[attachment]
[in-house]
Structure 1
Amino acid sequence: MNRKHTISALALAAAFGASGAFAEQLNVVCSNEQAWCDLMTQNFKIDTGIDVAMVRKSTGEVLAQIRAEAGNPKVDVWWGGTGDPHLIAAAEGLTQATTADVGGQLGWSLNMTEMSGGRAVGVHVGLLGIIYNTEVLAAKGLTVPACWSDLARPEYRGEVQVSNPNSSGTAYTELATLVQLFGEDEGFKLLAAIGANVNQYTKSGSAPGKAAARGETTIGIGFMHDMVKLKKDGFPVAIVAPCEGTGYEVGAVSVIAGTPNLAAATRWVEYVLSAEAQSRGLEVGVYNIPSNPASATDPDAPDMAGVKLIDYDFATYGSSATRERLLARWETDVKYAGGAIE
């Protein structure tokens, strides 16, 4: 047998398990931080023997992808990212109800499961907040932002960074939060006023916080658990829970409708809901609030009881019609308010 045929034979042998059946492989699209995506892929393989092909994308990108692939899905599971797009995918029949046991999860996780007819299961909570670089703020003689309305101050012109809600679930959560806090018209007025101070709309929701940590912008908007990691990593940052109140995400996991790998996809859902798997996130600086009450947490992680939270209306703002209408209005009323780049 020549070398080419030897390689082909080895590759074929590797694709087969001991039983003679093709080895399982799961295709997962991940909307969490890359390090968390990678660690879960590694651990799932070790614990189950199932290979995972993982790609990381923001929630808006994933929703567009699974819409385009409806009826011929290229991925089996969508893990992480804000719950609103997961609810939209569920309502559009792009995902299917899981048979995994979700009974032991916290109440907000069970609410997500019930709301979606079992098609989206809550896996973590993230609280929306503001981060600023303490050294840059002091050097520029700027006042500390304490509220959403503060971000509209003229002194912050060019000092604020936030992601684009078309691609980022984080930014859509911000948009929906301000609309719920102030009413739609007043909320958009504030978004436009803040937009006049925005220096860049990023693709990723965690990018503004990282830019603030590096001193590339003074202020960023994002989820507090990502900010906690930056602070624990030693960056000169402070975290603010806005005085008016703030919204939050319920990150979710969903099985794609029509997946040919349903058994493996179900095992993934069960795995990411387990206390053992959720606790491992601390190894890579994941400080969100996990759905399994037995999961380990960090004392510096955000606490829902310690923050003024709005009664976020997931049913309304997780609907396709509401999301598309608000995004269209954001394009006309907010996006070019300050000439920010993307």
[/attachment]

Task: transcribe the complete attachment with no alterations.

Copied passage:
[in-house]
Structure 1
Amino acid sequence: MNRKHTISALALAAAFGASGAFAEQLNVVCSNEQAWCDLMTQNFKIDTGIDVAMVRKSTGEVLAQIRAEAGNPKVDVWWGGTGDPHLIAAAEGLTQATTADVGGQLGWSLNMTEMSGGRAVGVHVGLLGIIYNTEVLAAKGLTVPACWSDLARPEYRGEVQVSNPNSSGTAYTELATLVQLFGEDEGFKLLAAIGANVNQYTKSGSAPGKAAARGETTIGIGFMHDMVKLKKDGFPVAIVAPCEGTGYEVGAVSVIAGTPNLAAATRWVEYVLSAEAQSRGLEVGVYNIPSNPASATDPDAPDMAGVKLIDYDFATYGSSATRERLLARWETDVKYAGGAIE
């Protein structure tokens, strides 16, 4: 047998398990931080023997992808990212109800499961907040932002960074939060006023916080658990829970409708809901609030009881019609308010 045929034979042998059946492989699209995506892929393989092909994308990108692939899905599971797009995918029949046991999860996780007819299961909570670089703020003689309305101050012109809600679930959560806090018209007025101070709309929701940590912008908007990691990593940052109140995400996991790998996809859902798997996130600086009450947490992680939270209306703002209408209005009323780049 020549070398080419030897390689082909080895590759074929590797694709087969001991039983003679093709080895399982799961295709997962991940909307969490890359390090968390990678660690879960590694651990799932070790614990189950199932290979995972993982790609990381923001929630808006994933929703567009699974819409385009409806009826011929290229991925089996969508893990992480804000719950609103997961609810939209569920309502559009792009995902299917899981048979995994979700009974032991916290109440907000069970609410997500019930709301979606079992098609989206809550896996973590993230609280929306503001981060600023303490050294840059002091050097520029700027006042500390304490509220959403503060971000509209003229002194912050060019000092604020936030992601684009078309691609980022984080930014859509911000948009929906301000609309719920102030009413739609007043909320958009504030978004436009803040937009006049925005220096860049990023693709990723965690990018503004990282830019603030590096001193590339003074202020960023994002989820507090990502900010906690930056602070624990030693960056000169402070975290603010806005005085008016703030919204939050319920990150979710969903099985794609029509997946040919349903058994493996179900095992993934069960795995990411387990206390053992959720606790491992601390190894890579994941400080969100996990759905399994037995999961380990960090004392510096955000606490829902310690923050003024709005009664976020997931049913309304997780609907396709509401999301598309608000995004269209954001394009006309907010996006070019300050000439920010993307």